School Refusal Behavior in Youth: A Functional Approach to Assessment and Treatment
From the child who gets sick on test-taking days to the teen who skips class to have a smoke with friends, the reasons and manifestations of school refusal are diverse. In School Refusal Behavior in Youth, Christopher Kearney discusses both the historical context and common strategies for treating the problem, offering a cutting-edge, empirically based approach. This functional model can help clinicians weigh multiple symptoms and, ultimately, generate a clear focus on the factors that are maintaining the behavior.
Drawing from an extensive clinical database, Kearney fully describes each of the functions served by school refusal: avoidance of stimuli that provoke negative affectivity, escape from aversive social situations, gaining attention, and positive tangible reinforcement. Using realistic case examples, he provides practical recommendations for assessing and treating each type of case. A final chapter takes a hard look at extreme cases and how to prevent relapse. This interdisciplinary volume is a must-read for school psychologists and counselors, educators, and teachers.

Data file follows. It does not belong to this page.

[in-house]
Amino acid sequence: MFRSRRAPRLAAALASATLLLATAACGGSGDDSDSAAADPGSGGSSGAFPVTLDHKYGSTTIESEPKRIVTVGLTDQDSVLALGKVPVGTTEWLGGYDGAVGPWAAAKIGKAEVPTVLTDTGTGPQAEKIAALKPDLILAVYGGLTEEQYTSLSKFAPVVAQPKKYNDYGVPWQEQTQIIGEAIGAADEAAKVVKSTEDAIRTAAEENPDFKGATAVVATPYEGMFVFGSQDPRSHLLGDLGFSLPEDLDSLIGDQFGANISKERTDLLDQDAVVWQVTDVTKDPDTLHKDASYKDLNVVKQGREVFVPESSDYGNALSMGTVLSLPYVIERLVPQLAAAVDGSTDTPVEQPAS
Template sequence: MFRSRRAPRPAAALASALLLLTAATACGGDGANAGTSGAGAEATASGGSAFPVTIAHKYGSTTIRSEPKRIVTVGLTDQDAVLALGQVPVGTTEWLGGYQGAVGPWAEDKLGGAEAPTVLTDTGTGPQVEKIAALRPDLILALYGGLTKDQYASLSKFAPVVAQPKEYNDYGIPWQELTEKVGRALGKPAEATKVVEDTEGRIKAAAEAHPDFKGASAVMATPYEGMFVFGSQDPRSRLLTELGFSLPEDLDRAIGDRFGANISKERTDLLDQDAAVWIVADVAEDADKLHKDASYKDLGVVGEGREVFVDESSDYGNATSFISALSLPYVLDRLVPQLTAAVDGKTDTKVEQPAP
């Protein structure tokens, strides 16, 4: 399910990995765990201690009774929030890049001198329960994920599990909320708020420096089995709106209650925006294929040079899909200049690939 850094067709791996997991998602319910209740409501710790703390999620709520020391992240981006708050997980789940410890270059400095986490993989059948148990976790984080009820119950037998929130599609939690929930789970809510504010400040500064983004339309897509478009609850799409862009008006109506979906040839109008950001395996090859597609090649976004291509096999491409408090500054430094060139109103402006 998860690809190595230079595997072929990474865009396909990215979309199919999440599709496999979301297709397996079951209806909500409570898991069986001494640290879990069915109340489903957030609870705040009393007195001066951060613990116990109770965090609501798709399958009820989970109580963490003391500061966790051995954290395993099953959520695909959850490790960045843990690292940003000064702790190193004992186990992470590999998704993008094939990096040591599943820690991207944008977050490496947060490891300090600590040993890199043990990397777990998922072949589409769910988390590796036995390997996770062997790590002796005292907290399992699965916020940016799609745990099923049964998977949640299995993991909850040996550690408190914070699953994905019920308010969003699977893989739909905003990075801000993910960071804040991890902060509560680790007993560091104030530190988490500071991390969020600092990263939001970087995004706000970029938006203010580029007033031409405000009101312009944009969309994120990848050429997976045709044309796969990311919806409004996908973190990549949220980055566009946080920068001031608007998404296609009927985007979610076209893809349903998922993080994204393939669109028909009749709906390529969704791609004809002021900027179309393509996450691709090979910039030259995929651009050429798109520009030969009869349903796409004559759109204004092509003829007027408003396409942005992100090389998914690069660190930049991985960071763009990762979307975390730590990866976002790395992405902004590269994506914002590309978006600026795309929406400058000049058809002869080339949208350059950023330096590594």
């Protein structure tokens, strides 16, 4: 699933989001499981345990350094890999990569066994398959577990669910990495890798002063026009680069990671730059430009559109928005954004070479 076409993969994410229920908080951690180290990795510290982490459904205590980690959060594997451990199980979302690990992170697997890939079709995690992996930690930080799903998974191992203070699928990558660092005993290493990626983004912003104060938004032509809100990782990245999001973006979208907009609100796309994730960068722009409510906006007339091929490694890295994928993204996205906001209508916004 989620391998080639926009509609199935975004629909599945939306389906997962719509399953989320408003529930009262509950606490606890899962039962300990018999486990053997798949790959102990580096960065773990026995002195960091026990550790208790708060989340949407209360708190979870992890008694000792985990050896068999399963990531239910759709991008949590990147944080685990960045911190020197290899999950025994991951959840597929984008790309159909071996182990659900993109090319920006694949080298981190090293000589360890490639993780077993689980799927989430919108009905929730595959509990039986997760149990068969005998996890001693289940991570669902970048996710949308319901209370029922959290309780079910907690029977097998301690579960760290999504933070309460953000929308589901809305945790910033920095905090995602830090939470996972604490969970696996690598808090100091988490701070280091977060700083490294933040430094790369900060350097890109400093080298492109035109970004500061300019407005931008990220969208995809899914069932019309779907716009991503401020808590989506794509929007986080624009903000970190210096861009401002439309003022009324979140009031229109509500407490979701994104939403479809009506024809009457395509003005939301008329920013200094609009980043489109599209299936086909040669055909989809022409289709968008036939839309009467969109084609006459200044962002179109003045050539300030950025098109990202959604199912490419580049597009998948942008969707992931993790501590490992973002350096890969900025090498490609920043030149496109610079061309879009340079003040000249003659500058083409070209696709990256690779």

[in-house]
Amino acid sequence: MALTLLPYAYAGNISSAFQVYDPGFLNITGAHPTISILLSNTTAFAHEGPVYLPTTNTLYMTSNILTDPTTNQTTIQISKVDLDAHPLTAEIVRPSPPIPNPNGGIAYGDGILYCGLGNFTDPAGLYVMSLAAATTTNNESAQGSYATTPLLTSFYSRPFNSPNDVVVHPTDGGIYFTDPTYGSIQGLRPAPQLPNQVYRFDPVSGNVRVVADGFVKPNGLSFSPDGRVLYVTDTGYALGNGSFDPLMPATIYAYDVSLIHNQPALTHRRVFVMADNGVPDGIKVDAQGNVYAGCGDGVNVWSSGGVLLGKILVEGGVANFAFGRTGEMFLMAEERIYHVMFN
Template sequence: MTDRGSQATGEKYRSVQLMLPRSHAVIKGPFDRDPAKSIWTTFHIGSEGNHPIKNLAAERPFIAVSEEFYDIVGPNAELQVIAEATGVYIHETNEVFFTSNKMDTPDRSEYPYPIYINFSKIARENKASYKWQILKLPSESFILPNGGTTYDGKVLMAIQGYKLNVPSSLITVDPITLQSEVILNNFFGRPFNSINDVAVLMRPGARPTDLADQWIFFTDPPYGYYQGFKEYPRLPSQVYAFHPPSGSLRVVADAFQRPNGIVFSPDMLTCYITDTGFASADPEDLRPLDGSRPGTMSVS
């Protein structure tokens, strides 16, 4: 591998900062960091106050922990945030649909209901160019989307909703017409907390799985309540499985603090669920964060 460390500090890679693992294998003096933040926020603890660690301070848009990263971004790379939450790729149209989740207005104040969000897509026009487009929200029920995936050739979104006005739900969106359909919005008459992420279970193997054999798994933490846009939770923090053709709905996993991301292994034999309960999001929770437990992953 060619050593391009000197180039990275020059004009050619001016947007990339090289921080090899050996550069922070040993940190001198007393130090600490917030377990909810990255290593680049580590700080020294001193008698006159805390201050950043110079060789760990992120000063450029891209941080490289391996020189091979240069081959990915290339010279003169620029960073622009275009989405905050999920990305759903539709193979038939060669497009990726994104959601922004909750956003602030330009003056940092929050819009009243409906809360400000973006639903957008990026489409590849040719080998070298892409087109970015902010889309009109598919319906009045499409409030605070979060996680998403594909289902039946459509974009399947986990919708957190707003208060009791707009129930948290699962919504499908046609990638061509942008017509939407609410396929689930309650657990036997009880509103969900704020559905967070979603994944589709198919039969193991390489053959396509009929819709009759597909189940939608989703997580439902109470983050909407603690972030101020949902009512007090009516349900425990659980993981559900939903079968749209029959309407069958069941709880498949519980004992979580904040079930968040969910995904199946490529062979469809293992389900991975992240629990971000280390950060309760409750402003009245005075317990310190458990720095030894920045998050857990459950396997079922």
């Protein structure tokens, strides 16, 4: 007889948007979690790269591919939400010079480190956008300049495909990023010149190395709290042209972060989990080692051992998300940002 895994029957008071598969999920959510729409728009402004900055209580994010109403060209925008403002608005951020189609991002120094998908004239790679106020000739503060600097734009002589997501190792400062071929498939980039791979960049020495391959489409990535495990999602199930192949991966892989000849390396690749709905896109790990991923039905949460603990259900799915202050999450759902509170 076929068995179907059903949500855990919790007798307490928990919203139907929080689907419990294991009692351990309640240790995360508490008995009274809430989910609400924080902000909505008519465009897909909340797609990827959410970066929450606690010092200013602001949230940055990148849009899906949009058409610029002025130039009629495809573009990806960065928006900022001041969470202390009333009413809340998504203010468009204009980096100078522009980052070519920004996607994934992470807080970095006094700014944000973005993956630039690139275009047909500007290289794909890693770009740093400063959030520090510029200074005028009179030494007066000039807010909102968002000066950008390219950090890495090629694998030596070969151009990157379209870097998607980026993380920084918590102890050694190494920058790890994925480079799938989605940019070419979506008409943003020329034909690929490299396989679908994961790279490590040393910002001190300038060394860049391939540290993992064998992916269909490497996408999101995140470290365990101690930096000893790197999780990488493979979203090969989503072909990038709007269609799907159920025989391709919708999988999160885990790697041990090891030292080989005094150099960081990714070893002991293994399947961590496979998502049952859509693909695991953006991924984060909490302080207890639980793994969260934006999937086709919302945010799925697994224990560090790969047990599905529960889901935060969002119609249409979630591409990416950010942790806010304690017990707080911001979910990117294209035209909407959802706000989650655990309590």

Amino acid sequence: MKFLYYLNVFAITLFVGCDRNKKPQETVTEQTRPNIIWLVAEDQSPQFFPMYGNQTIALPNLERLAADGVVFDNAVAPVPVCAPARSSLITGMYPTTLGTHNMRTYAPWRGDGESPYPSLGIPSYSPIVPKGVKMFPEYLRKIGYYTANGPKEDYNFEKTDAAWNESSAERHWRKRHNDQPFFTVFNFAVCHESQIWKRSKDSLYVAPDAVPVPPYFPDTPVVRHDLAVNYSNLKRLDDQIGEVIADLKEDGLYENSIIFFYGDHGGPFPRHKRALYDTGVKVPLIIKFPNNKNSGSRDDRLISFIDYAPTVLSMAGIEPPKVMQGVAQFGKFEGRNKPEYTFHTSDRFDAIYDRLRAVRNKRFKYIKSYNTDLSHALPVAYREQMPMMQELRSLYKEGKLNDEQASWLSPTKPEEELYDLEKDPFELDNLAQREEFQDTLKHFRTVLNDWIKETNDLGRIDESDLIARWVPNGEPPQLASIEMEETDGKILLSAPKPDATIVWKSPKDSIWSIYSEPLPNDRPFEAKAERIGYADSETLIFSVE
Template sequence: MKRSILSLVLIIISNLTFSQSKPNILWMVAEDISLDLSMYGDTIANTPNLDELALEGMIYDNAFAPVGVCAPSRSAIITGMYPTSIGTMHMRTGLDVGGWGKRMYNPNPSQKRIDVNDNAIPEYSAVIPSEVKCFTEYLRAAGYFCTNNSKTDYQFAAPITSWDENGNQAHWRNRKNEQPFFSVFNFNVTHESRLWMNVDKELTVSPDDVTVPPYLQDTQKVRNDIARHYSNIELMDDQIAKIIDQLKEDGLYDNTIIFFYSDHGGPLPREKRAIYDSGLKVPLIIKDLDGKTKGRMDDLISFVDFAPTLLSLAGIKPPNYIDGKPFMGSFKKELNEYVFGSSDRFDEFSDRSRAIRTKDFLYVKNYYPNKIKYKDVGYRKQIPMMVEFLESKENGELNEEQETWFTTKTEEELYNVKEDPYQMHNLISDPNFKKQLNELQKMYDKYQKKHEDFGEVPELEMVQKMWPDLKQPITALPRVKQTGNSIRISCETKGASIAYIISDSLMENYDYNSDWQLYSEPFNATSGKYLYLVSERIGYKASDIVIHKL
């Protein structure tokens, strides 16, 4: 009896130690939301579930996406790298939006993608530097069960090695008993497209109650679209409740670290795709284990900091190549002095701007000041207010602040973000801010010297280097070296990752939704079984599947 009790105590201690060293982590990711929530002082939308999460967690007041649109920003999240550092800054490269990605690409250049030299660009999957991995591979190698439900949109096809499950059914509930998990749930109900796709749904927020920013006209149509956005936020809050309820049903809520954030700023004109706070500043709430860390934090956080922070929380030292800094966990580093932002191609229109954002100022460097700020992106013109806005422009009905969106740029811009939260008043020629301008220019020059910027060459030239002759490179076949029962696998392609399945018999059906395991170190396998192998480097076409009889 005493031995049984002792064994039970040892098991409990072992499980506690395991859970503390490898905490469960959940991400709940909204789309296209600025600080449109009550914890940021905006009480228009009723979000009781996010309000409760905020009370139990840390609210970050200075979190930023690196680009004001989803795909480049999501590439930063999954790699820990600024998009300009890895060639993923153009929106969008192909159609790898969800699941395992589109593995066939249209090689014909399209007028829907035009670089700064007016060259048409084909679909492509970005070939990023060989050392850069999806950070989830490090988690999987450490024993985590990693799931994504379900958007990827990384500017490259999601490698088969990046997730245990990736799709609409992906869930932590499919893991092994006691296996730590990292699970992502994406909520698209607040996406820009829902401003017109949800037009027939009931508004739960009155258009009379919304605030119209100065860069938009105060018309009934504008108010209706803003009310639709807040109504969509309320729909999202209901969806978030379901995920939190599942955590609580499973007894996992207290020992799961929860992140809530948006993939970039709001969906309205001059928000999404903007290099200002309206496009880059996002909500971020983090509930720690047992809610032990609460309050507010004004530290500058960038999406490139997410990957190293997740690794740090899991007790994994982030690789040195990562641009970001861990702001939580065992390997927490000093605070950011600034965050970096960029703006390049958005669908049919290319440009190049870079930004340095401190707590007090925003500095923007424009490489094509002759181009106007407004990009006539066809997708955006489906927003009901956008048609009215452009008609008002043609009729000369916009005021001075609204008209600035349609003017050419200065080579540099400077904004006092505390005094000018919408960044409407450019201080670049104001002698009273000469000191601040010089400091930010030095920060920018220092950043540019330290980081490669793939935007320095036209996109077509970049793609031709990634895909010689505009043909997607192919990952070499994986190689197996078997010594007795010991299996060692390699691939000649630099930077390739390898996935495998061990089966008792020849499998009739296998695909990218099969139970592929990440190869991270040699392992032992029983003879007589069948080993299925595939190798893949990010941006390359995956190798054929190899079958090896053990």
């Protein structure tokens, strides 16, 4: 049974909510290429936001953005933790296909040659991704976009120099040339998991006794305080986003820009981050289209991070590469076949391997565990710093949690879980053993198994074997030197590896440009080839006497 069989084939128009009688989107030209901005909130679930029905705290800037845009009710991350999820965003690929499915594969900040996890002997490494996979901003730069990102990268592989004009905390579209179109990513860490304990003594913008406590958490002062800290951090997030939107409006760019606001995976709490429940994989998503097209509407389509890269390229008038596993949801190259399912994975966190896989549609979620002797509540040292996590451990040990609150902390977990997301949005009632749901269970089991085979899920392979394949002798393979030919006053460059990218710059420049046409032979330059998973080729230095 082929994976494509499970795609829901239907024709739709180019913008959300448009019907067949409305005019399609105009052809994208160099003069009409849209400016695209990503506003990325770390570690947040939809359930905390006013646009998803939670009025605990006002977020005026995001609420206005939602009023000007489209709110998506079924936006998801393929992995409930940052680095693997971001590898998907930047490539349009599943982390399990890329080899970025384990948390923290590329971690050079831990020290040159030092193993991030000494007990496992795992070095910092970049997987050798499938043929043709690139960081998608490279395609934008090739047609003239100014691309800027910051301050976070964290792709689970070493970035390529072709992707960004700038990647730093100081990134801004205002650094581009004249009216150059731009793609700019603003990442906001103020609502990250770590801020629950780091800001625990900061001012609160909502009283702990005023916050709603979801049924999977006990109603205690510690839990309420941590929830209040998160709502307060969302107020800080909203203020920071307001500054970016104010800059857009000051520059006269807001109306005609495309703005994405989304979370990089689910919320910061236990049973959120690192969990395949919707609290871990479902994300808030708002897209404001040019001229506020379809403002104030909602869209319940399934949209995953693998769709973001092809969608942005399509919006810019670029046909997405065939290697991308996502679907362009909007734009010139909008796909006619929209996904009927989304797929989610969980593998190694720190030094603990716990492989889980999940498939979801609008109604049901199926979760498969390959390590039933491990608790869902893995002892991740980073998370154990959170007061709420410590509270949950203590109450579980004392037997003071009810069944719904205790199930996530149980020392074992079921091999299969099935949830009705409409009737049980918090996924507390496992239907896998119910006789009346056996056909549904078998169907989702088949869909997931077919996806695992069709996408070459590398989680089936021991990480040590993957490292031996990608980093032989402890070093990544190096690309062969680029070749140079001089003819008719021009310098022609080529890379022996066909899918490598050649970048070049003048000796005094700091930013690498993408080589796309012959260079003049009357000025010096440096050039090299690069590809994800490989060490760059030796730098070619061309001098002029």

- What Is School Refusal Behavior?
- Characteristics of Youth With School Refusal Behavior
- Classification Strategies
- Understanding the Functions
- Assessing Youth With School Refusal Behavior
II. Functionally Based Treatment
- Youth Who Avoid Stimuli That Provoke General Negative Affectivity
- Youth Who Escape Aversive Social or Evaluative Situations
- Youth Who Refuse School for Attention
- Youth Who Refuse School for Tangible Reinforcement Outside of School
- Extreme Cases, Prevention. and Relapse
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